Graig Kreindler, the painter of America’s national pastime and the United States Sports Academy’s 2018 Sport Artist of the Year – Painter, is contributing 230 original portraits to a celebration of the history of professional baseball’s Negro Leagues.
Kreindler is a featured artist at the Negro Leagues Baseball Museum Centennial Celebration in Kansas City, Missouri, in February. The celebration – which will kick off with a grand opening on 13 February 2020 – will recognize the rich history of baseball’s Negro Leagues, which provided a playing field for African American and Hispanic baseball players at a time when American society was segregated by race.
The celebration and art show coincide with the 100th anniversary of the founding of the National Negro League by Andrew “Rube” Foster and eight independent black baseball team owners in Kansas City in 1920. The leagues operated for 40 years, leading to economic growth in African American communities and sparking social change in America.
Kreindler’s portraits will showcase players from the various Negro Leagues and other affiliations that employed athletes of color, which includes various Latin American leagues. The portraits were commissioned by Seattle businessman and collector Jay Caldwell, the owner of Dreams Fulfilled and founder of NegroLeaguesHistory.com.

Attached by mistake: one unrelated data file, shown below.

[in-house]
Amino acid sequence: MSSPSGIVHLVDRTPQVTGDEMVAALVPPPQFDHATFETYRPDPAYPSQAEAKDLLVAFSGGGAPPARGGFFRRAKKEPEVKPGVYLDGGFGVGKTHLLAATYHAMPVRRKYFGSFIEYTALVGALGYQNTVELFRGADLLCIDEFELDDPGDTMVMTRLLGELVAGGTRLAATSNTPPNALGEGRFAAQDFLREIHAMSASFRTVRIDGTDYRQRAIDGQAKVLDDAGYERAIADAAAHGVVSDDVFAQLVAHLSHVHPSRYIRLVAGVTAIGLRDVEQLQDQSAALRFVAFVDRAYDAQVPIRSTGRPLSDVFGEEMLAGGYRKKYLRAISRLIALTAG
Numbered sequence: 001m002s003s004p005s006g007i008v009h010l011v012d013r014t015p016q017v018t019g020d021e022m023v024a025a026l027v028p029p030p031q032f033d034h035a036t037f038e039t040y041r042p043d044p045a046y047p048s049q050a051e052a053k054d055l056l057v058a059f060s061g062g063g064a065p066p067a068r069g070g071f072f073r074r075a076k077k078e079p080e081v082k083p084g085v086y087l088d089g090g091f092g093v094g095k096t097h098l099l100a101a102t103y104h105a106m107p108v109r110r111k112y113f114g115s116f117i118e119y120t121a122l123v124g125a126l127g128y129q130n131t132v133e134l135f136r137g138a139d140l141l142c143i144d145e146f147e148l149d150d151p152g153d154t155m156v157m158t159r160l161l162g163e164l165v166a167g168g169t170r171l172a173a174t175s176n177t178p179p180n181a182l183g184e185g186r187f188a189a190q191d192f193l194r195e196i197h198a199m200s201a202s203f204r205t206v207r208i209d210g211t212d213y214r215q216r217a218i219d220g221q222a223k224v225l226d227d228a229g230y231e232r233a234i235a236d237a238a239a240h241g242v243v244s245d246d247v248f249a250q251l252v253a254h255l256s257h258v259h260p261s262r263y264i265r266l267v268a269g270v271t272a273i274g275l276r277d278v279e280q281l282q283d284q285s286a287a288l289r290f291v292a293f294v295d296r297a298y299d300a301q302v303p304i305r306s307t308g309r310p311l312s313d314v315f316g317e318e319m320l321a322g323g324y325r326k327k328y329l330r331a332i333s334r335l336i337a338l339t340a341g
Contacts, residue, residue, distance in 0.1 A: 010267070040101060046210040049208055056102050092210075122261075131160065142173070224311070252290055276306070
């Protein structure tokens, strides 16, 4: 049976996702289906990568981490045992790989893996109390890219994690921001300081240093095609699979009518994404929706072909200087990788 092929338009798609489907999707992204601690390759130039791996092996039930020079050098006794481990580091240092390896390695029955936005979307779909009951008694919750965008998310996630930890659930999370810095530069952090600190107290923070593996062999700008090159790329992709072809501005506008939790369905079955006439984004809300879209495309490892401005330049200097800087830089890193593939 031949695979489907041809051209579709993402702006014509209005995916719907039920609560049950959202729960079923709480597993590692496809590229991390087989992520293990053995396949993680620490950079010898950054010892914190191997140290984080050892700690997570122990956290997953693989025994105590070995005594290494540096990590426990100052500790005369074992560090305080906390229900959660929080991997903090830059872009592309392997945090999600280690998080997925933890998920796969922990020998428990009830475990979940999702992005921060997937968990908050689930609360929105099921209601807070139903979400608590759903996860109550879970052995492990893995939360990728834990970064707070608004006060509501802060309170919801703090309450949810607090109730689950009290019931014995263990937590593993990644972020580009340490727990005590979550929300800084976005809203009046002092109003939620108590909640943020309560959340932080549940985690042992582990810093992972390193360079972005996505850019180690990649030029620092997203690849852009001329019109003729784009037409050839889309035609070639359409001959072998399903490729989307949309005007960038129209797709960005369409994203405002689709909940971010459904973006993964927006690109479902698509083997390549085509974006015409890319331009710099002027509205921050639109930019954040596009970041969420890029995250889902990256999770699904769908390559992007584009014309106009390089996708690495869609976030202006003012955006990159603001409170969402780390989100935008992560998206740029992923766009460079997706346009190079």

“I’m super excited to be part of it,” Kreindler said. “It originally started as a small project for (Caldwell’s) personal collection at the end of 2017, and then over the course of a few months, turned into something a lot bigger. Since he has a large collection of memorabilia dedicated to the Negro Leagues and affiliates, he wanted to celebrate and honor those men – and women – at the centennial of the Negro National League’s formation in February.
“This exhibit is special because it has the purpose of educating people about the great players of the era who never got a shot in the big leagues because of their skin color,” Kreindler said.
“What’s been so great to me is that I’ve been able to learn a lot about players I had never heard of and have been able to immerse myself in that world. As a result, I feel like I’ve come to know a lot of these guys in a meaningful way. So being a part of this whole thing has been a huge honor.”
In addition to Kreindler’s 230 portraits, the exhibit will feature Negro Leagues artifacts and memorabilia as well as work from artist Monty Sheldon, whose painted baseballs are sought after by collectors around the world.
Kreindler’s work focusing on the quaint ballparks, lively personalities and dominating teams in baseball’s history has been featured in The New York Times, The Wall Street Journal, Sporting News and on the YES television network.
The artist’s relationship with baseball began at an early age. His parents, both New York Yankees fans, named him after third baseman Graig Nettles. As a budding young artist Kreindler was inspired by his father’s baseball card collection and in particular, the 1940s cards that used illustrations instead of photographs of featured players.
Kreindler’s portrait of 1956 Philadelphia Phillies star Richie Ashburn is a permanent part of the collection at the Academy’s American Sport Art Museum & Archives. The ASAMA collection is also home to several paintings depicting players from the Negro Leagues by artists Kadir Nelson and William Williams.